15 March 2017
If you are ready to make a career move, you might be eager to start your search. While it can be tempting to dive right in, taking the extra time to set goals and get organized is well worth the effort. After all, failing to prepare sufficiently can only leave room for embarrassing and unprofessional mistakes. Submitting an outdated resume, applying to the wrong job, forgetting which jobs you applied to, and being caught off-guard when you do get a call, are just a few faux pas that can hurt your job prospects. To avoid this, it’s important to get organized before you start applying. In the end, this will help you stay focused on the main task at hand—to land a position that aligns with your values and overall career goals. Here are 4 ways to manage this process: Update your resume: Setting aside an hour to bring your resume up-to-date is not only a great way to ease into the job search process, but also identify the types of roles you’d want to apply to. In today’s candidate-driven market, there can be an overwhelming number of open jobs—making it easy to become distracted by positions that ultimately aren’t the right fit for you. Ensuring your resume is current before you start searching allows you to keep your goals top of mind. Whether this involves developing a new skill or gaining experience in a different industry, this refreshed resume can help guide your search. Develop a strategy (and stick to it): It’s all too easy to open up a search engine, apply to a few jobs, and then take a week-long break in the hopes that you’ll hear back from at least one employer. Doing so can actually prolong your search, so it’s important to have goals to speed up the process—and make sure you don’t miss any opportunities along the way. That being said, it’s a good idea to set aside a certain time each day to browse job forums, apply, and network. Regardless of how you choose to search for jobs, setting goals for each session is a great way to stay on track. Whether that means applying to a specified number of jobs each day or reaching out to a set number of contacts per week, having them will keep you working more efficiently. Improve your personal brand: Social networking sites like LinkedIn and Facebook have changed the way we connect after networking events, meetings, and interviews. As a result, evaluating and improving the way your brand is portrayed on these sites is a vital step in preparing for your job search. Your brand can be what others—employers, clients, and network connections—identify you as an expert in, so these social networking platforms are some of the best ways to market your skills, achievements, and industry expertise. For more on building and maintaining a marketable professional image, check out our eBook, Building Your Online Brand. Keep a master list: To be as organized as possible, create a spreadsheet that contains a row for each job you apply for. It should be as detailed as possible, including columns for: the date you applied; the company; the contact; the position for which you applied; how you applied; if, when, and with whom you interviewed; when you should next follow up or what your next steps are; and the current status of the application. It may also be helpful to create separate tabs for open, pending, and closed applications. Microsoft Excel or Google Sheets are wonderful tools for this because they make it easy to move rows around and reorganize them depending on the type of information you are looking for. For instance, you can sort your list by company to ensure you don’t accidentally apply for the same position twice.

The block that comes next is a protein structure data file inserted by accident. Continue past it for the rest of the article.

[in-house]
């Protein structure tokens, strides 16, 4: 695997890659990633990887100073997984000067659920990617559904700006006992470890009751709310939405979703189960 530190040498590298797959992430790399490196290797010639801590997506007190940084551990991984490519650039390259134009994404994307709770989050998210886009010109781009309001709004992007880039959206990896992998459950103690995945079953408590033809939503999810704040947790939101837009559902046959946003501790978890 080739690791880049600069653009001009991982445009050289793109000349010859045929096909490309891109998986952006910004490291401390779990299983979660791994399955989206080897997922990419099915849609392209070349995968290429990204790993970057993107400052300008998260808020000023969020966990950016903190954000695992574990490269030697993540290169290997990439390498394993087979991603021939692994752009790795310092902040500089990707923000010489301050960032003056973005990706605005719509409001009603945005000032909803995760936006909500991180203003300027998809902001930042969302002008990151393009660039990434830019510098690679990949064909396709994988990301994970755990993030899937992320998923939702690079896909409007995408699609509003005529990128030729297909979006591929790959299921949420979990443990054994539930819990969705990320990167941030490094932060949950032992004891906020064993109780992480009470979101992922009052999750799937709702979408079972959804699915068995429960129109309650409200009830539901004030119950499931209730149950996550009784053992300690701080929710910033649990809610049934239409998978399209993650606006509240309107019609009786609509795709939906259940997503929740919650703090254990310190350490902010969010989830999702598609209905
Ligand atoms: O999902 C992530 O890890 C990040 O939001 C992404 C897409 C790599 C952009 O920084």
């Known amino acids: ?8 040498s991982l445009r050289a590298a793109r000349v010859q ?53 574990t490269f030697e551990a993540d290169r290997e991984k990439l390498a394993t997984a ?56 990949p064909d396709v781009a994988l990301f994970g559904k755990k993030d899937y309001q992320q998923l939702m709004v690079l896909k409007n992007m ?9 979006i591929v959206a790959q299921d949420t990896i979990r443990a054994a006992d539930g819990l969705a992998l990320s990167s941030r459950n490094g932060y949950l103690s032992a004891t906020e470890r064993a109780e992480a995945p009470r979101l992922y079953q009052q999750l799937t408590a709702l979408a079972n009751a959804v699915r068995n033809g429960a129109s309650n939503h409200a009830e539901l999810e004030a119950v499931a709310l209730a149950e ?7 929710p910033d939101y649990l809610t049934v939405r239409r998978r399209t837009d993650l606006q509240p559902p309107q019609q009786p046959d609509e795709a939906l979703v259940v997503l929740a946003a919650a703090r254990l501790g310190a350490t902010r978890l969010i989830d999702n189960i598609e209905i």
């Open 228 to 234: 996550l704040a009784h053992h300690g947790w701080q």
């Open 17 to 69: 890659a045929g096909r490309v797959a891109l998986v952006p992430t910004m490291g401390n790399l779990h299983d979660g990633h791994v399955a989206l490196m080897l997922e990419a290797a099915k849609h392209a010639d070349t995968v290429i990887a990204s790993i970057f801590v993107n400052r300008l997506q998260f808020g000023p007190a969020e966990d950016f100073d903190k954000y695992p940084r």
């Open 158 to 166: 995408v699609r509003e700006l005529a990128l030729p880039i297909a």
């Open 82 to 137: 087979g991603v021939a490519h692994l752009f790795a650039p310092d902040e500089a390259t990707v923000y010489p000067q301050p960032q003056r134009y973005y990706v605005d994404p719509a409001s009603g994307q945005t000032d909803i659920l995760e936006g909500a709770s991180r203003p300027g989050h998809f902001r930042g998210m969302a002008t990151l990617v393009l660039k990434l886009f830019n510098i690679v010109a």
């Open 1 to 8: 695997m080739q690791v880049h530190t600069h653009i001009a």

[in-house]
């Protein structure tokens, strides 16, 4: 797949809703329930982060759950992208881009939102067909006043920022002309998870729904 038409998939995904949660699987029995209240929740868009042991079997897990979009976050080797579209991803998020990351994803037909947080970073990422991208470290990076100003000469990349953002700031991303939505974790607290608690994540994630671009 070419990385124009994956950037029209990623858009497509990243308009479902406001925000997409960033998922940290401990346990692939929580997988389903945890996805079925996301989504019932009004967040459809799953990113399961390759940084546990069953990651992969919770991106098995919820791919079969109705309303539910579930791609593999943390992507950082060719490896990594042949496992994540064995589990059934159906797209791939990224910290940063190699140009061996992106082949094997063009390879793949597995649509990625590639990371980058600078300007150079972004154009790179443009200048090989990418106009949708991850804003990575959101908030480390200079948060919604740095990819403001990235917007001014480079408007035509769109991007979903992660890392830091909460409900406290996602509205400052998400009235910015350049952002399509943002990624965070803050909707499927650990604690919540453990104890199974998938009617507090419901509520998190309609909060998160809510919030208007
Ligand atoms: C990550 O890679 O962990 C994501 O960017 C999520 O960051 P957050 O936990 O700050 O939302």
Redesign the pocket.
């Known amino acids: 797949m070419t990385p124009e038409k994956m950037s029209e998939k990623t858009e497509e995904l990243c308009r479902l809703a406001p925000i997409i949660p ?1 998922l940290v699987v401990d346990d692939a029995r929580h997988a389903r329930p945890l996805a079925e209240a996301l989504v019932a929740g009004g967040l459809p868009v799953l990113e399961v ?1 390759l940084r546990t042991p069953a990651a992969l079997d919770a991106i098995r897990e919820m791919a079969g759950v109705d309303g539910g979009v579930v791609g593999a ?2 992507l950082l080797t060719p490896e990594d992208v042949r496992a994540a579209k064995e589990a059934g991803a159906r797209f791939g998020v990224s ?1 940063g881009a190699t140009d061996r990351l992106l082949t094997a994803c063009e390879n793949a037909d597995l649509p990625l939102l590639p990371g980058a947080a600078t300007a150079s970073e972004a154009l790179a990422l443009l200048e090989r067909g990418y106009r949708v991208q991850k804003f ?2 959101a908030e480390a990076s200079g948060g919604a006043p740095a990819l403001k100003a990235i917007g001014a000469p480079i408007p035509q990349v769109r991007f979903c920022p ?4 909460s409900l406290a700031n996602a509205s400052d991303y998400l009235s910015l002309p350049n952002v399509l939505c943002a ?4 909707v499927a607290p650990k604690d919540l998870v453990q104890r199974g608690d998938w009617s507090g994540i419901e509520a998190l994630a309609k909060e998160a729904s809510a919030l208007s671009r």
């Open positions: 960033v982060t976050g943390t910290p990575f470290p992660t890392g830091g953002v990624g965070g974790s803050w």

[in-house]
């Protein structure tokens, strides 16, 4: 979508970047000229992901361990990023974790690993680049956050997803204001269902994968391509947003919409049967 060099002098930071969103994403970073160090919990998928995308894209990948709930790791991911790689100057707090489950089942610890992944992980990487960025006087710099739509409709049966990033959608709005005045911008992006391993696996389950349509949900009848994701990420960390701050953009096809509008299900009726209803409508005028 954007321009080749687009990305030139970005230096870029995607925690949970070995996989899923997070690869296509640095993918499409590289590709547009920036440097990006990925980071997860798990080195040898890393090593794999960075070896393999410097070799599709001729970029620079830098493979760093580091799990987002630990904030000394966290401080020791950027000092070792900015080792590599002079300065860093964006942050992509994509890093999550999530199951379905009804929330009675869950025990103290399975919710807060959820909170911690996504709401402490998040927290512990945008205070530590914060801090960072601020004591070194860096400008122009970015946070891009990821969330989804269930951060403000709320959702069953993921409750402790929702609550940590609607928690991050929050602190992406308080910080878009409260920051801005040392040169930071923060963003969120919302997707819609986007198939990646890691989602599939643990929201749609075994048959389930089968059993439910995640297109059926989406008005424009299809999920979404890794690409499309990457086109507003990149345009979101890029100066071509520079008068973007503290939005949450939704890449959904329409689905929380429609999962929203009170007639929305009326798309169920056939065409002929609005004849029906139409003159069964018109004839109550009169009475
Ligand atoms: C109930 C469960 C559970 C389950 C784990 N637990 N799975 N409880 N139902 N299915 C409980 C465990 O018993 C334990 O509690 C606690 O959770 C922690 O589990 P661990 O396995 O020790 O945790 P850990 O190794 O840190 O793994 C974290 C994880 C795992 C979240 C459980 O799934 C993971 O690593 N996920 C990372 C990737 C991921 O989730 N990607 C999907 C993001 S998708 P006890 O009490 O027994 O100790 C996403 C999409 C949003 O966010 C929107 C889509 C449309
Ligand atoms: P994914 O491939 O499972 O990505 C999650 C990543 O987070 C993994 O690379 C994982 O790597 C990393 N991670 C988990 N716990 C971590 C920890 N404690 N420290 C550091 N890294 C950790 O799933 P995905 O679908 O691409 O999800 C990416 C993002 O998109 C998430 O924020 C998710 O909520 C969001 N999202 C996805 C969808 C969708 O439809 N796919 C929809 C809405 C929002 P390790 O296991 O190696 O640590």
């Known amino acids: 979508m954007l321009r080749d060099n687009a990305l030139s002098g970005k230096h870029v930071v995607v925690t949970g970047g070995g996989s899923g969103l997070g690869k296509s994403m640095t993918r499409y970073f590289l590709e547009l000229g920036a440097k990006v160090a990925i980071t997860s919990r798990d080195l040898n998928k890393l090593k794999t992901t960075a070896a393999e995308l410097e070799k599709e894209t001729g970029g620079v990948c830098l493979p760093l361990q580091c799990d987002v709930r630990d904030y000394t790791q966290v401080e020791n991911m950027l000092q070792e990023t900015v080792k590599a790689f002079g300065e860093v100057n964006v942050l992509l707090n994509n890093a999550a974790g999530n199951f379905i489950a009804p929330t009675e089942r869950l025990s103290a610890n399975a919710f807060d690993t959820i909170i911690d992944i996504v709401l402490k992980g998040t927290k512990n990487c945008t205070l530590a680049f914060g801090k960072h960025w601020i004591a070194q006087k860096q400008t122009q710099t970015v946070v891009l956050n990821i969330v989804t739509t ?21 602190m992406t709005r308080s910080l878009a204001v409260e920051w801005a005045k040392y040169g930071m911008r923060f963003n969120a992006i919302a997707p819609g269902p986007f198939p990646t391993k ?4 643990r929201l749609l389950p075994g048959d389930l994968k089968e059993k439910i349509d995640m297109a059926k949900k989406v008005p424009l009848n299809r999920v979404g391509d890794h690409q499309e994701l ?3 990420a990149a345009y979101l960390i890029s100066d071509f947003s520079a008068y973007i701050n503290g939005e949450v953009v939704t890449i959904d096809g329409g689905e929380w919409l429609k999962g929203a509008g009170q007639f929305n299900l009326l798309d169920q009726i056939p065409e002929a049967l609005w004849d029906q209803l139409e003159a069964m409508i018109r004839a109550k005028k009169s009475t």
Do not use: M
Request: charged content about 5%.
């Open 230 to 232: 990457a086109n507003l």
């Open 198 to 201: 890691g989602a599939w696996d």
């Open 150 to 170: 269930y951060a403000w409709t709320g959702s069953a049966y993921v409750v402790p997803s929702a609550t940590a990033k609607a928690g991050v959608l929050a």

15 March 2017
The evolving healthcare landscape has created ample opportunities for nursing and allied health professionals to explore travel opportunities. Due to a general rise in demand for health services magnified by other factors such as staff shortages, seasonal projects, and changes to departmental alignments, healthcare professionals who take on these travel assignment are in a unique position to explore new cities while building upon their experience and professional marketability. However, those unfamiliar with this type of work might experience some apprehension. “Due to various misconceptions of what travel entails, many often express concerns about making the transition,” says Anida Fregjaj, a Senior Account Manager within The Execu|Search Group’s Health Services division. “Without fully knowing what to expect, there’s a tendency to rely on unfounded information about this kind of work.” If you’re considering pursuing a travel role in the future, don’t fall victim to these 5 myths: “Travel jobs have no stability” Due to the nature of travel roles, where assignments are a standard of 13 weeks, it’s normal for candidates to be nervous about job security and the possibility of having to constantly look for new opportunities. In reality, it’s quite the opposite. “For in-demand allied professionals and nurses, there is no shortage of facilities that need additional help,” says Anida. “Many travelers are asked to extend their time or return to the facility in the future.” “If I travel, I have to go alone” “When we talk to candidates about potential travel opportunities, they often raise concerns about leaving their families or pets behind,” says Anida. “However, most staffing firms have established relationships with housing vendors that understand these challenges and offer the option to bring others along.” The decision often lies with the job seeker and whether or not they want to go through the process of moving to a new area. “Travel assignments look bad on a resume” It is a common misconception that having numerous positions within a short time span can deter you from landing future jobs. However, due to the unique nature of travel positions, multiple short assignments can actually serve as a benefit. In the eyes of a hiring manager, numerous travel healthcare opportunities signify diverse experience, comfort with handling multiple responsibilities, and the ability to adapt to various settings quickly and efficiently. While job-hopping was frowned upon in the past, employers currently seeking out travel candidates prefer to see a variety of roles on a resume. “There are few options in terms of job setting” The majority of healthcare roles posted on job boards and other social media platforms are advertised within hospitals and other large settings, which leads to the misunderstanding that these are the only facilities looking for travelers. However, almost every healthcare setting, including skilled nursing facilities, schools, home care companies, and outpatient clinics have needs for travel professionals. Travel assignments provide a wide array of options and professionals are encouraged to branch out and compound on their clinical experience by working in multiple settings through the course of their career. “Having to obtain multiple state licensures is time-consuming and expensive” Unfortunately, licensures for nursing and allied positions are not a one-size-fits-all type of situation. Depending on where you travel to, you will most likely need to obtain a new license to legally work in the state. However, there are endless resources available to job seekers looking for assistance from staffing firms who specialize in these types of placements. “Many of these firms provide reimbursement for travelers looking to gain new state-specific licenses,” says Anida. “They will also actively look to find employment for travelers in a state where they already have a license while they’re working on obtaining another.”